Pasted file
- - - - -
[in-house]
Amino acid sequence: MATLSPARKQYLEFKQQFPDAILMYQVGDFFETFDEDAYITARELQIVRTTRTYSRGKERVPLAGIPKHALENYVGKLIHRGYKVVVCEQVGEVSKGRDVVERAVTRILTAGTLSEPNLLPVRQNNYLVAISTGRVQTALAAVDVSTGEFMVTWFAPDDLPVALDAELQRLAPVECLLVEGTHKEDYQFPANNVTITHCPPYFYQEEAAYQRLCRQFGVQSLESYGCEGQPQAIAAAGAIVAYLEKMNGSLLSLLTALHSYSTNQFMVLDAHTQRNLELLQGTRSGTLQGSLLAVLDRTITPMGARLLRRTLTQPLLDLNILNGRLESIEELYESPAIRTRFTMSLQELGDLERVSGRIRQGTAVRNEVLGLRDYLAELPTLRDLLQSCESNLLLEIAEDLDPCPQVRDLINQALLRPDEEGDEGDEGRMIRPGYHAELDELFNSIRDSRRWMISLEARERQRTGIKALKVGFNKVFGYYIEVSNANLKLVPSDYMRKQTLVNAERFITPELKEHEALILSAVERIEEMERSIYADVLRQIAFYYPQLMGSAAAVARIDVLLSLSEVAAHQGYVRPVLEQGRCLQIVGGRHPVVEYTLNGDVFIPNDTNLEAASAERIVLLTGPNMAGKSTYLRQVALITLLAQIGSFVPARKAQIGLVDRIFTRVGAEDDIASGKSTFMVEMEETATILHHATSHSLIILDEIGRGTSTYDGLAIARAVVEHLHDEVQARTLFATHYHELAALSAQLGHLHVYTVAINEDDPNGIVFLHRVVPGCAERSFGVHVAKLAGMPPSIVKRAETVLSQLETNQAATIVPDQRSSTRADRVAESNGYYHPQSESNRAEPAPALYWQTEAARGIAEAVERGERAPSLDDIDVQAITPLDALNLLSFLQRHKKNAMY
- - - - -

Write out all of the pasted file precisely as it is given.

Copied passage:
[in-house]
Amino acid sequence: MATLSPARKQYLEFKQQFPDAILMYQVGDFFETFDEDAYITARELQIVRTTRTYSRGKERVPLAGIPKHALENYVGKLIHRGYKVVVCEQVGEVSKGRDVVERAVTRILTAGTLSEPNLLPVRQNNYLVAISTGRVQTALAAVDVSTGEFMVTWFAPDDLPVALDAELQRLAPVECLLVEGTHKEDYQFPANNVTITHCPPYFYQEEAAYQRLCRQFGVQSLESYGCEGQPQAIAAAGAIVAYLEKMNGSLLSLLTALHSYSTNQFMVLDAHTQRNLELLQGTRSGTLQGSLLAVLDRTITPMGARLLRRTLTQPLLDLNILNGRLESIEELYESPAIRTRFTMSLQELGDLERVSGRIRQGTAVRNEVLGLRDYLAELPTLRDLLQSCESNLLLEIAEDLDPCPQVRDLINQALLRPDEEGDEGDEGRMIRPGYHAELDELFNSIRDSRRWMISLEARERQRTGIKALKVGFNKVFGYYIEVSNANLKLVPSDYMRKQTLVNAERFITPELKEHEALILSAVERIEEMERSIYADVLRQIAFYYPQLMGSAAAVARIDVLLSLSEVAAHQGYVRPVLEQGRCLQIVGGRHPVVEYTLNGDVFIPNDTNLEAASAERIVLLTGPNMAGKSTYLRQVALITLLAQIGSFVPARKAQIGLVDRIFTRVGAEDDIASGKSTFMVEMEETATILHHATSHSLIILDEIGRGTSTYDGLAIARAVVEHLHDEVQARTLFATHYHELAALSAQLGHLHVYTVAINEDDPNGIVFLHRVVPGCAERSFGVHVAKLAGMPPSIVKRAETVLSQLETNQAATIVPDQRSSTRADRVAESNGYYHPQSESNRAEPAPALYWQTEAARGIAEAVERGERAPSLDDIDVQAITPLDALNLLSFLQRHKKNAMY